|The Railway Minister cannot continue with the present spree of quick fix budgeting. And, the 2007-08 Union budget is a hodge-podge of financial allocations without any strategy.|
THE NATION has watched with awe two budgets being presented within the week — one for Railways and another for finances of the government. Where are these two budgets going to take the economy?
The Railway budget of Lalu Prasad has received kudos from all and sundry. Most media writers have described the 2007-08 Rail budget as the "best ever," with the Minister declaring a huge operating surplus of Rs.20,000 crore. On the other hand, the Union budget of P. Chidambaram has mostly been condemned as directionless, for lack of any economic reform proposal.
Railway Minister Lalu Prasad, however, does deserve some credit for producing a surplus by using the existing excess capacity in freight loads, reducing wagon and bogie turnaround time, mid-term hikes through rationalisation of fares, and utilising the existing track capacity to run new and longer trains. Since fixed cost in the Railways is over 80 per cent of total cost, increased revenue by greater utilisation of the railway capacity will naturally bring quick results as long as excess capacity exists.
But now after three budgets, the railway system has also hit the ceiling. It cannot be milked any more by Mr. Prasad without new rolling stock, gauge conversions, renovating rail tracks, and signals computerisation. That requires new heavy investment of long gestation lag. Hence, the Railway Minister cannot continue with the present spree of quick fix budgeting and getting instant credit. If he does so, then he will run the rail system to ruin within two years.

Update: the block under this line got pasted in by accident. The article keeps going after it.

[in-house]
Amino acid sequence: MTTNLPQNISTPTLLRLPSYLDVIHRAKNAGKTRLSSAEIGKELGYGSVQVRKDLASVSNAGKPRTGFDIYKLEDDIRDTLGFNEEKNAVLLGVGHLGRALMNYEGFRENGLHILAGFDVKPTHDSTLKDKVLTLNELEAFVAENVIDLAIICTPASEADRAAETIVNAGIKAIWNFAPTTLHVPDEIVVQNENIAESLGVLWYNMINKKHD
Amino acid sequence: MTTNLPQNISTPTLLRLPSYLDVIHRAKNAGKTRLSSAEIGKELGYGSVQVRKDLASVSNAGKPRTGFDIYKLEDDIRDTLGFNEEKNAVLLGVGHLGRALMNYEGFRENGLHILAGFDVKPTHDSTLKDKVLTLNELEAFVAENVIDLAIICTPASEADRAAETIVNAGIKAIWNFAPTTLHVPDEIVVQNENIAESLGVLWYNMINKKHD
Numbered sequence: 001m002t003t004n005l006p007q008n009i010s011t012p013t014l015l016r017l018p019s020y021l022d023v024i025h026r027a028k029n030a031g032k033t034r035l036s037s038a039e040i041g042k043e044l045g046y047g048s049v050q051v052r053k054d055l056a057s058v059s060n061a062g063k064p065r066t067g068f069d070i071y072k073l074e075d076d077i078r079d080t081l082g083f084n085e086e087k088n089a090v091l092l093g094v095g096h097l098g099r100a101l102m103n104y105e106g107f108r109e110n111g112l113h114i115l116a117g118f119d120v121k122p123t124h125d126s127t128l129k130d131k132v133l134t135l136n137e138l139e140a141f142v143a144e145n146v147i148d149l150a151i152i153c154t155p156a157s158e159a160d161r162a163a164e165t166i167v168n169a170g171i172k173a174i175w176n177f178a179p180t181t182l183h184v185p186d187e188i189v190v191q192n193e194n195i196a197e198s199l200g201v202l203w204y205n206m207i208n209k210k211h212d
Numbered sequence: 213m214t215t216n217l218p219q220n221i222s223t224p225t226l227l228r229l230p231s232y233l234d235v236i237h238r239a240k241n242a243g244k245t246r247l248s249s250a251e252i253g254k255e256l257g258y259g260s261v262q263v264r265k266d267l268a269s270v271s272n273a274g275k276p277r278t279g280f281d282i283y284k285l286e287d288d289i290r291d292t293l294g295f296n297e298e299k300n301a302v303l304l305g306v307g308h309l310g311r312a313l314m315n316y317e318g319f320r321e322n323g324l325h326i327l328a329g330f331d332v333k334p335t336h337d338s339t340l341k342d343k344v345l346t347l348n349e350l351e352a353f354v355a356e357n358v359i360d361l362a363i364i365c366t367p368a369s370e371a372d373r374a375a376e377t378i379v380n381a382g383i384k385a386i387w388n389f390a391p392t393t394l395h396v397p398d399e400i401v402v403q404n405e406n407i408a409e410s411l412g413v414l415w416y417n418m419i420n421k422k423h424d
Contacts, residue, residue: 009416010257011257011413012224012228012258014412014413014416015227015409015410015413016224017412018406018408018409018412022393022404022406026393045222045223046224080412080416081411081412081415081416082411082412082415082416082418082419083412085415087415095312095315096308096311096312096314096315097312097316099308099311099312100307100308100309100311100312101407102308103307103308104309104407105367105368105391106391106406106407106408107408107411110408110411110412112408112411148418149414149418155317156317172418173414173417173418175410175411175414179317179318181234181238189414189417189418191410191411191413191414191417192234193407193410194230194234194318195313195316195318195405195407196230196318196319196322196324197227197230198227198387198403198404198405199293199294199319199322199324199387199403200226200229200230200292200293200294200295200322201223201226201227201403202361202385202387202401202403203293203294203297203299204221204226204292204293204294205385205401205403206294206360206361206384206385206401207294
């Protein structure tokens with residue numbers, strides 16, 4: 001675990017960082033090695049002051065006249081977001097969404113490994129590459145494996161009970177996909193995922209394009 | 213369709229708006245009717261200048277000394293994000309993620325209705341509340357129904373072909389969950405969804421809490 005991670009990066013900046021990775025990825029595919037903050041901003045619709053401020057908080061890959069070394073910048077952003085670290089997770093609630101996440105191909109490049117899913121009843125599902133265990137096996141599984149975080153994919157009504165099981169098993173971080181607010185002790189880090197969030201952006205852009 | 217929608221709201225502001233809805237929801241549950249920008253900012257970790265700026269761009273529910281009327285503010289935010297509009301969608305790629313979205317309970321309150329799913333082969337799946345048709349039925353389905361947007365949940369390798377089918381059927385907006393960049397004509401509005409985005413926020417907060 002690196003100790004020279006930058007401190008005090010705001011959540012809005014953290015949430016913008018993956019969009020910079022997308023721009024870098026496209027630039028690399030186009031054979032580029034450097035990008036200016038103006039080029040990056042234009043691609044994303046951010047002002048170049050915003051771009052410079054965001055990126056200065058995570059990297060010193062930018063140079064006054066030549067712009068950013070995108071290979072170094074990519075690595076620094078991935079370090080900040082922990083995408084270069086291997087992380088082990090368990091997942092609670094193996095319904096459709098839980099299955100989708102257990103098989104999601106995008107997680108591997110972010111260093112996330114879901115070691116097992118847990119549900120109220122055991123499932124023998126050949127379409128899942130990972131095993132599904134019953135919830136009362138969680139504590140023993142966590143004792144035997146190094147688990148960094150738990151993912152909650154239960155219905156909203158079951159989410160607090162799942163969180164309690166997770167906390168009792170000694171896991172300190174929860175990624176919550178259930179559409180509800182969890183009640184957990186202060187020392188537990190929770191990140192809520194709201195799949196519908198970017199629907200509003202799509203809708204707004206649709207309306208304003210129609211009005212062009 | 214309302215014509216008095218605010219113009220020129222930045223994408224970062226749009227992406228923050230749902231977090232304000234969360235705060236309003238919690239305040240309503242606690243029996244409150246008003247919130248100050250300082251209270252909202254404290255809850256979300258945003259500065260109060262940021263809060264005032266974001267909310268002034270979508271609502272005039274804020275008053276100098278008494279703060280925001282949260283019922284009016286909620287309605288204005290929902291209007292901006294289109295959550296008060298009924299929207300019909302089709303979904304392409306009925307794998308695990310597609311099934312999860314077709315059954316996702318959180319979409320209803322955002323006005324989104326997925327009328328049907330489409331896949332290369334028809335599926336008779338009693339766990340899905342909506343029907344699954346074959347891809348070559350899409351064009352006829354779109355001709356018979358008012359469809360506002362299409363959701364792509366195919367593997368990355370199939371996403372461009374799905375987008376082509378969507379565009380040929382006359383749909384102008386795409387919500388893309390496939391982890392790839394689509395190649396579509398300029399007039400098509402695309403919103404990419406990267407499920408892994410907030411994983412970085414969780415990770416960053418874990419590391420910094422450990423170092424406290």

In fact, a close reading of the 2007-08 Rail budget shows precisely that: increase in traffic receipts will decelerate in 2007-08 to 13 per cent compared with a 16 per cent increase in 2006-07; hence the key Operating Ratio, that is, expenses divided by revenue will rise from 72 per cent to 79.6 per cent in the new budget. Budgetary surplus will accordingly rise much slower at just 11 per cent compared with 72 per cent this year. Thus, deceleration in Mr. Prasad's `magic' results has already set in.
The Economic Survey 2006-07 also notes that large investment will be essential for future required capacity augmentation (p.199). The Railways will need Rs.200,000 crore over the next five years to replace its ageing rolling stock and networking equipment. Where is that money accounted for in the Rail budget?
As for Finance Minister Chidambaram, he is also clueless about the sustainability of the high growth rates in GDP. He boasts that in no other Finance Minister's tenure has GDP grown so fast and for so long. But the sectors that have contributed to the growth have nothing to do with the Finance Ministry. The Economic Survey put out by his Ministry itself points out that nearly 70 per cent of the GDP growth is due to the service sector (p.1, para 1.4), and that too in private trade, transport, communication and IT, which are growing in spite of the meddling by the `other IT' — Income Tax Department of his Ministry. In fact, his new Minimum Alternate Tax (MAT) is the most retrograde measure one can think of to throttle the blossoming information technology sector.
In utilities — electricity, gas, and water supply — there has, in fact, been a deceleration in growth. Who is responsible for that except Mr. Chidambaram who has not authored a single reform since he took office?